Despite the album's name, Nothing Was the Same is a barrage of the same. Implied in every song is the same refrain: "I have a lot of money and things, but the same grudges and the same hang-ups. I'm lonely, and I feel empty inside."
Why would music like this catch on?
I don't ask this negatively. I like it, too. What I'm asking is what it is I and other listeners am responding to when I listen to Drake.
What did the Boomers give us? Nostalgia for a time that never was. "Wasn't everything in America once so great? Remember this? Remember that?" The embodiment of the Boomer mindset is 1994's Forrest Gump, directed by Robert Zemeckis.
What many people who saw Forrest Gump failed to recognize, however, was that the film was not a sincere elegy to America's better past but an ironic sendup of it. Forrest Gump, a man with a low IQ, stumbles from one cultural event into another with little awareness of what it's supposed to mean. The main character meets Elvis and inadvertently gives the performer the Hound-Dog dance. He takes up table tennis and begins to play internationally in China, not realizing he's taking part in Nixon's détente with Mao Zedong. But the knife cuts both ways with Zemeckis, a deeply cynical Boomer. It was all crap, Zemeckis's film is saying, it all meant nothing. Not only America's invasion of Vietnam but the protests against the war and the Black Panther Party to boot. Zemeckis sees history as a flat line, which is wrong, as opposed to most Boomers who saw their past as a big hump with a near-ninety degree slope into the present. Also wrong.
After the Boomers, the Gen-Xers also failed to inaugurate a new vision. Sure, they thumbed their nose at authority, but when they became the authority, it's not as though they acted any differently. Perhaps the best expression of this failure at cultural change can be seen in the 1998 film SLC Punk! What is our main character Stevo's fate? Despite being a raucous punk-rocker, by the end of the film, his plan is to become a lawyer just like his father. Throughout the film, Steve constantly calls his father a sellout to his face. "I didn't sell out," his father replies. "I bought in."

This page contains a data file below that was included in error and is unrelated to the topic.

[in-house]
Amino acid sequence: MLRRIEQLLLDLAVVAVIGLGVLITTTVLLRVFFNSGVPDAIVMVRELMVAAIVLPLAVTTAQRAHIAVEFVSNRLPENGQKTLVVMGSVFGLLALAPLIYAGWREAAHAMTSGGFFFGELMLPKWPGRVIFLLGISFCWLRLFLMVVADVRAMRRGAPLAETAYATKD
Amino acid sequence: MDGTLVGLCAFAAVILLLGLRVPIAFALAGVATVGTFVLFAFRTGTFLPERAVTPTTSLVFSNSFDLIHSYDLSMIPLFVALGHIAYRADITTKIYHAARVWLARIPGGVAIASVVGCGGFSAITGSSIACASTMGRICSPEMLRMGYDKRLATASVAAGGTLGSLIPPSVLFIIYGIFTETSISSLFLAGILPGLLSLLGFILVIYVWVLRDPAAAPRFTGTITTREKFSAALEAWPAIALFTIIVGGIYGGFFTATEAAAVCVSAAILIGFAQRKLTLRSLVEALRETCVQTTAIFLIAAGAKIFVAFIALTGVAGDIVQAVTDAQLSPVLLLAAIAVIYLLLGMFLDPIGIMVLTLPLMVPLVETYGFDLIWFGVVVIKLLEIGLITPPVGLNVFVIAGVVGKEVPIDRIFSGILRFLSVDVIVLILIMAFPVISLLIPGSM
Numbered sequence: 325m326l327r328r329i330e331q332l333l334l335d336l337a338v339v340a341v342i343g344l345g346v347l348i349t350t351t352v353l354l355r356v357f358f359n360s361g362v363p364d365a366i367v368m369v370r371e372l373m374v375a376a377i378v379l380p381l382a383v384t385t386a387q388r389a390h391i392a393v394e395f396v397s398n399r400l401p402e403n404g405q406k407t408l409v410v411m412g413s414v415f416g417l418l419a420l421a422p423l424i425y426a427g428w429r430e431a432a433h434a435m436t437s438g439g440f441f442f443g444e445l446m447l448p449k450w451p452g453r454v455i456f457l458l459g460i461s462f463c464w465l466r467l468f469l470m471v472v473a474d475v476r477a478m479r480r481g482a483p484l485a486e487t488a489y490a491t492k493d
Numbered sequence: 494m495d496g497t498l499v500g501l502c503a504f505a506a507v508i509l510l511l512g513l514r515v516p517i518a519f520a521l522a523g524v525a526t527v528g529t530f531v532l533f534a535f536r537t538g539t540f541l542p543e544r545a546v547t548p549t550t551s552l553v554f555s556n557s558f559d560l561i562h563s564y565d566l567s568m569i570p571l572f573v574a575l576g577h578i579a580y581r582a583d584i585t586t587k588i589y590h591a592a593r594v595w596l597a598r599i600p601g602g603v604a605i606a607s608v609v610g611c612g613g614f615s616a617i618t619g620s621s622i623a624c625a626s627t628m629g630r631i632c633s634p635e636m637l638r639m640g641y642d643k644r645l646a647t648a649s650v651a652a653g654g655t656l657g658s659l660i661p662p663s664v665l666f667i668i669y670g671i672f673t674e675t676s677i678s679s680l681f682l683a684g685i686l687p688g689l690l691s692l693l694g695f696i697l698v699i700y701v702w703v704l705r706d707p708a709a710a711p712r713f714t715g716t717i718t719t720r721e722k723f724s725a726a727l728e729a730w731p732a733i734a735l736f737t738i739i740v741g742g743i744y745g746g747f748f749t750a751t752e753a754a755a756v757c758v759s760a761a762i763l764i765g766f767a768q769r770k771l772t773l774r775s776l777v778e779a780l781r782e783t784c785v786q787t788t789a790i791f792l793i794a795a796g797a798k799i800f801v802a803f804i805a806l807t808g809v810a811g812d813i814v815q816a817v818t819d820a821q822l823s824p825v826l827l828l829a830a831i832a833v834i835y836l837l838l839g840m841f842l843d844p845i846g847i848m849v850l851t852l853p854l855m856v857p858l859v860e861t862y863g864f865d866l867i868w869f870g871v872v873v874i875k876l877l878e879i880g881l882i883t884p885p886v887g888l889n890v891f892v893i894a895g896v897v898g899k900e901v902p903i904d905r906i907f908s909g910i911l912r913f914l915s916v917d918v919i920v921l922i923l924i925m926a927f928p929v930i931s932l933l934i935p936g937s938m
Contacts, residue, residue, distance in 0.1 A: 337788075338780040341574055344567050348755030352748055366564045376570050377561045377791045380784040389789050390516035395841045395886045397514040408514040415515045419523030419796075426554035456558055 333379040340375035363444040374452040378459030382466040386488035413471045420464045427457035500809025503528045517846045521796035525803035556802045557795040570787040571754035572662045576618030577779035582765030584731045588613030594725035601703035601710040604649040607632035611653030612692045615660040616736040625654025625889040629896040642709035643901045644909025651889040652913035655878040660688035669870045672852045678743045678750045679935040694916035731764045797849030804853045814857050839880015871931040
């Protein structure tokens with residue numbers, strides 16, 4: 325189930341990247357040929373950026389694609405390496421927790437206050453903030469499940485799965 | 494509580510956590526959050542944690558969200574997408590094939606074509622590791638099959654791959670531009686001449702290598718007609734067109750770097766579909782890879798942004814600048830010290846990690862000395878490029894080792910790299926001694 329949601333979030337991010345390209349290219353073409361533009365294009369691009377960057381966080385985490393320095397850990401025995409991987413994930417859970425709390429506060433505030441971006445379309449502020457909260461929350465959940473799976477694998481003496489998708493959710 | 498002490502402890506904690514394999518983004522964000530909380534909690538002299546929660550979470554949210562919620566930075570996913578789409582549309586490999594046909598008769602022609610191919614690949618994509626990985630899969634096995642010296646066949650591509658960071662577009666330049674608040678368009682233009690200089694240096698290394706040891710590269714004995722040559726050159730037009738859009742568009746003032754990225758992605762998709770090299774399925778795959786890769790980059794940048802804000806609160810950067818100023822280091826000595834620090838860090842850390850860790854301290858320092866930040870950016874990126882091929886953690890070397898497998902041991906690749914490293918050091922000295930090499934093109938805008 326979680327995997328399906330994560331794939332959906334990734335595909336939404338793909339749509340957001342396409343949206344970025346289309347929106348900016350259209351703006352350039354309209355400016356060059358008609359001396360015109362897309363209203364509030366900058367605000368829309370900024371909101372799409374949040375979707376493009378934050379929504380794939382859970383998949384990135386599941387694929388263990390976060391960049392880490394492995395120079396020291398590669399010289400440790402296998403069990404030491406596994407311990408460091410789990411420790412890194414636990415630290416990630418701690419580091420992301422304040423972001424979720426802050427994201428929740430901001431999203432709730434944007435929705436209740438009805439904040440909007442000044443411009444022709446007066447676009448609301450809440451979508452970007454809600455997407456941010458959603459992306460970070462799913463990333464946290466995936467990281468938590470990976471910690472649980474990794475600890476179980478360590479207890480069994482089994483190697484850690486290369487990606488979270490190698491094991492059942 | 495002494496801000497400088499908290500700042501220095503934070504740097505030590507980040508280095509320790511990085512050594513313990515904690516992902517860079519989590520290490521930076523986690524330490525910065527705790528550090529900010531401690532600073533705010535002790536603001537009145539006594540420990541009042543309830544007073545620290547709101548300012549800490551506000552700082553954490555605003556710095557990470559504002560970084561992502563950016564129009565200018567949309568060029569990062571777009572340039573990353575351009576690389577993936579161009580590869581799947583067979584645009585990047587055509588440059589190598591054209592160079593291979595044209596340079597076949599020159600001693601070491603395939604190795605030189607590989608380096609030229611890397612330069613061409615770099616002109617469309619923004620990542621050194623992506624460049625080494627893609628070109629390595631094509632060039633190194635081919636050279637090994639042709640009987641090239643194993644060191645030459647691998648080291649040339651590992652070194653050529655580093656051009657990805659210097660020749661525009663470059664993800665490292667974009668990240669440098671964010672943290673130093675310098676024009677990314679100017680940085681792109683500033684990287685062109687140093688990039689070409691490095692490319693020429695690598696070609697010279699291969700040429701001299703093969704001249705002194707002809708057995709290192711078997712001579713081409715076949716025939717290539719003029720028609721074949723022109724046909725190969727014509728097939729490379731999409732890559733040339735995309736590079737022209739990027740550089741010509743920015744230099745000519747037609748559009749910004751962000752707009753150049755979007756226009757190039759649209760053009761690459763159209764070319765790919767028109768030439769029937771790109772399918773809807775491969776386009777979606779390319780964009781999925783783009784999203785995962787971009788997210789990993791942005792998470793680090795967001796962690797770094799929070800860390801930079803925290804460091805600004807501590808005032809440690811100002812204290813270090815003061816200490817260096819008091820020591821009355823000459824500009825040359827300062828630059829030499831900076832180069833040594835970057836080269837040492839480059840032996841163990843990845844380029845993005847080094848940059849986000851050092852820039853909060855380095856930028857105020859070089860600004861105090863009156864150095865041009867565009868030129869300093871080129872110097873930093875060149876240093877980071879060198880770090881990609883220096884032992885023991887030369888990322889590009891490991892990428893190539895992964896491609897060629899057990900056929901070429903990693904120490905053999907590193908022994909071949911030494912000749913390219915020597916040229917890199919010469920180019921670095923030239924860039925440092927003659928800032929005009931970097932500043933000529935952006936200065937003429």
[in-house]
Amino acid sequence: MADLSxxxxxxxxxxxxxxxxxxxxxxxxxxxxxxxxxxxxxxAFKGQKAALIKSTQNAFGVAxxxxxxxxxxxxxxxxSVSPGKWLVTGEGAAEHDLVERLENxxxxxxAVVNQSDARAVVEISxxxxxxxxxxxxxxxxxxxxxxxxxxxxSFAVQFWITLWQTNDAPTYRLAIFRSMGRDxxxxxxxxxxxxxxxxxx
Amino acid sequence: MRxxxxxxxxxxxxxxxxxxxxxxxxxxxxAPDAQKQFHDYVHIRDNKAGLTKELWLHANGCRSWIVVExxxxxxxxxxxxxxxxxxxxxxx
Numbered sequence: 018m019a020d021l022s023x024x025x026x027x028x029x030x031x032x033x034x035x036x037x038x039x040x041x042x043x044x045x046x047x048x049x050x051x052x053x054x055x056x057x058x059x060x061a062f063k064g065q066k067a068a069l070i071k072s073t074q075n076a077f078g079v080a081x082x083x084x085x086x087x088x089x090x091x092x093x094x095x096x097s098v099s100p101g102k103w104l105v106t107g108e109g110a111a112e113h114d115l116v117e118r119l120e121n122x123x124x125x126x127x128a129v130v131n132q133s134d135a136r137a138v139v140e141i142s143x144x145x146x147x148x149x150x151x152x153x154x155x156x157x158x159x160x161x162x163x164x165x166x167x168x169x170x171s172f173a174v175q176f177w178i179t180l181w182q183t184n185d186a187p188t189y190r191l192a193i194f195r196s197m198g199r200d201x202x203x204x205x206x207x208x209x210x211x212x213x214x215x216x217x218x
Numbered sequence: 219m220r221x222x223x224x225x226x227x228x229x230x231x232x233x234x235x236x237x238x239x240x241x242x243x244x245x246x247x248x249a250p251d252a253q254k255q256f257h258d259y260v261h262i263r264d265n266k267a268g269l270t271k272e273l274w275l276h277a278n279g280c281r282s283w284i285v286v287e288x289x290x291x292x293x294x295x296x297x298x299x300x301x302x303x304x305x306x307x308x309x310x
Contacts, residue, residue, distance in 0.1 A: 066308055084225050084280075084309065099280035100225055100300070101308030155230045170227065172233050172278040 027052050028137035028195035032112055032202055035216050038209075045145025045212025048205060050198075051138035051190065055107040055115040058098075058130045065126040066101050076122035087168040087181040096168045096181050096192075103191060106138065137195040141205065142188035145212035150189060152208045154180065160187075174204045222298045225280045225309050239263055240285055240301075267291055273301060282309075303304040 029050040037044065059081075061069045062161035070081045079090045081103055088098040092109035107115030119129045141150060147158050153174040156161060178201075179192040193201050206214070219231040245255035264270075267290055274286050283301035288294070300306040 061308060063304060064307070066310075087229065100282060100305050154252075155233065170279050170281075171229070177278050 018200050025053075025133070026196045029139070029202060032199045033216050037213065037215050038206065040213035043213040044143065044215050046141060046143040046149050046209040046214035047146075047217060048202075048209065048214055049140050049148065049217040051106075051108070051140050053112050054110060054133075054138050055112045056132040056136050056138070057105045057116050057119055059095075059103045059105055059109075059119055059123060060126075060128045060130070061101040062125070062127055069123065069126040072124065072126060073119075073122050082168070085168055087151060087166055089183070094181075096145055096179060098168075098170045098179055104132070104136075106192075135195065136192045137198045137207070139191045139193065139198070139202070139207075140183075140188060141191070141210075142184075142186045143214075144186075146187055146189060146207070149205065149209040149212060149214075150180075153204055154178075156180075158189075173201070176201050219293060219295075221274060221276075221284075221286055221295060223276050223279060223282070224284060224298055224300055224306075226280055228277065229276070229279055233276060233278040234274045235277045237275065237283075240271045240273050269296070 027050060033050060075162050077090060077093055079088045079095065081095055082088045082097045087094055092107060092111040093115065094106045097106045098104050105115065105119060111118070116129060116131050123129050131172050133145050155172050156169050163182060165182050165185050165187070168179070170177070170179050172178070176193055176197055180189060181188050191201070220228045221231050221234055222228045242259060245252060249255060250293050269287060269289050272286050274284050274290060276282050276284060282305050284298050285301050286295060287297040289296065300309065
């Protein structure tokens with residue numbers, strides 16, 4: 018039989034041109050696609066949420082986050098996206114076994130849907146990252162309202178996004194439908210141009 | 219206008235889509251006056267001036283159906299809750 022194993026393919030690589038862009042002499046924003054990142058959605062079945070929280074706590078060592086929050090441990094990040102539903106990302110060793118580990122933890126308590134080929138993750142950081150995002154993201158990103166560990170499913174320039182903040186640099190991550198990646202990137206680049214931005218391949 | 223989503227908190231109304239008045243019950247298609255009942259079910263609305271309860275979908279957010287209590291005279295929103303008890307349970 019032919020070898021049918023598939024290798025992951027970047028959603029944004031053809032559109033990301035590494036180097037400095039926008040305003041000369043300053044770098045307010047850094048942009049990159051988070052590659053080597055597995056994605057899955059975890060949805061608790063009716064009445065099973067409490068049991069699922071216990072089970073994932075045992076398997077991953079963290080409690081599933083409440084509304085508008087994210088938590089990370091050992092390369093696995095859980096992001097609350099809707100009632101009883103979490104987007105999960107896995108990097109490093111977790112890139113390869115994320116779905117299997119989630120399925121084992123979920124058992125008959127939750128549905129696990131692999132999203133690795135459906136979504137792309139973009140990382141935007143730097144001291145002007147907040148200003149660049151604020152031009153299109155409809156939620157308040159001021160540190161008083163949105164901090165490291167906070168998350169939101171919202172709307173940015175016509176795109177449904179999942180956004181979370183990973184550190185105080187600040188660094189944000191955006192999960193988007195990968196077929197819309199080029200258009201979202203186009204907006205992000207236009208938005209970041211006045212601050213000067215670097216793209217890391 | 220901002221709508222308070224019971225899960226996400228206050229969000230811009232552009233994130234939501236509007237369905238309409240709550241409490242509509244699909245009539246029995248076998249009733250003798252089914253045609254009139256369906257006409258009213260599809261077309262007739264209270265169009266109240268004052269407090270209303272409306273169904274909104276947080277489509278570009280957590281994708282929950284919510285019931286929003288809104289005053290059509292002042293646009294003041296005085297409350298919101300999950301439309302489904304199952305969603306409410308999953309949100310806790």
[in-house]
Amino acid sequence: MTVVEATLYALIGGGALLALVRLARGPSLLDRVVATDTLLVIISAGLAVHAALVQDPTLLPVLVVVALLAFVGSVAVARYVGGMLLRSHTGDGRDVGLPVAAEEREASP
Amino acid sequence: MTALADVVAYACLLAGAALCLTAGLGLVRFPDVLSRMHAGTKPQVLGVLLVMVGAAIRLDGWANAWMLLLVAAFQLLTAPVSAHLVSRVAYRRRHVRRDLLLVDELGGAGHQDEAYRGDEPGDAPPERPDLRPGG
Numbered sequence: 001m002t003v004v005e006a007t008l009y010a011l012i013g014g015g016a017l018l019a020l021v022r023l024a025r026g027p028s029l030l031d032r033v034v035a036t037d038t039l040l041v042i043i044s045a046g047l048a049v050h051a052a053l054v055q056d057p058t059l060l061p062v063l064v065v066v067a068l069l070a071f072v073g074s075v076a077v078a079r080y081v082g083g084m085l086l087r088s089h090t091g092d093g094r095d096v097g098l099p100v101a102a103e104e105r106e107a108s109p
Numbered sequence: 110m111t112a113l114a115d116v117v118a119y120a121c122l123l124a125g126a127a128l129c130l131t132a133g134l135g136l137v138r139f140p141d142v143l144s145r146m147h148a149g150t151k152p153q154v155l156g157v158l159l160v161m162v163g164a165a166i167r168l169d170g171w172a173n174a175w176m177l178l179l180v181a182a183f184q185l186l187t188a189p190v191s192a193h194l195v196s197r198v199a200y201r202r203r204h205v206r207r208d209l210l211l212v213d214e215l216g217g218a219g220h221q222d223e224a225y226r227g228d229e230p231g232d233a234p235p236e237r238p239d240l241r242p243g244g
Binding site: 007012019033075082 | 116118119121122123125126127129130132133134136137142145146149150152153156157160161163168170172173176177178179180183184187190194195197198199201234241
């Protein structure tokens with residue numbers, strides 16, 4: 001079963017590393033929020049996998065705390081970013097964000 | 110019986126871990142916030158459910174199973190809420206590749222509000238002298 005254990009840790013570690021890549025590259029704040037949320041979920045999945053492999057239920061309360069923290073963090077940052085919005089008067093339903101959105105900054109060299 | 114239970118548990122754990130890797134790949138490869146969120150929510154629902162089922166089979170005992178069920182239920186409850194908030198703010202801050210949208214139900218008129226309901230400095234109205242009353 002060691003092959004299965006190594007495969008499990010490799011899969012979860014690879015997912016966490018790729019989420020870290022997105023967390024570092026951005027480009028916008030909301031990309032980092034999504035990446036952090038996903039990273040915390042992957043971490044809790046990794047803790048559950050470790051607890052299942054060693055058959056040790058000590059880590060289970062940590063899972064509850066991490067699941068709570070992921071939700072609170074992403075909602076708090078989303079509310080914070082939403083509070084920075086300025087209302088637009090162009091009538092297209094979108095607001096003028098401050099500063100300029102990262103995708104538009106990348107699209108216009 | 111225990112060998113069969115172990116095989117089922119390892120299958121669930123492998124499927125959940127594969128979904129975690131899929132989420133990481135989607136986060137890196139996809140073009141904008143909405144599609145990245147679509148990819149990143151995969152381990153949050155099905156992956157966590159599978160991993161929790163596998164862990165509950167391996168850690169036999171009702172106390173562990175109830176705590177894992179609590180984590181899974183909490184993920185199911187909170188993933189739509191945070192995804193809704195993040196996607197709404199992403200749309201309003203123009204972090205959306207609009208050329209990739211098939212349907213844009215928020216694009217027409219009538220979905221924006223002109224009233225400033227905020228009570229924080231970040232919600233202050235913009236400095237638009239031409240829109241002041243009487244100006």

Everybody has their own version of when their national history took the Turn. I'm not beyond this kind of thinking either. It seems to me that following the Second World War, when Americans were riding high on wealth, what was needed was a strengthening of social bonds, especially along labor lines. The supply-side economics of John Maynard Keynes could have never been undermined by the likes of corporate puppet Reagan had the post-war generation taken preventative measures to safeguard their children's futures.
But here we are.
What we millennials have is music like Drake's. That's both good and bad. What's good is that we can see in this kind of music a genuine frustration with the false promises.
Drake is the embodiment of the American dream. Through hard work (and, self-admittedly, luck), he got all the toys that were supposed to make him happy. But where is the love? Social and spiritual fulfilment?
As real-estate mogul Tom Cassidy says in the 1960 film Psycho, "Money can't buy happiness. It can only buy off unhappiness."
Imagine a world in which everyone's material needs were met, where we could all buy off the unhappiness. Then we might be able to form a shared culture where we actually try to find out what will make us happy.
Right now, even a millionaire like Drake can't do that. You need other people to be able to do that. But when all we've got is a culture where everyone is out for themselves, it's going to be hard for any of us to achieve happiness.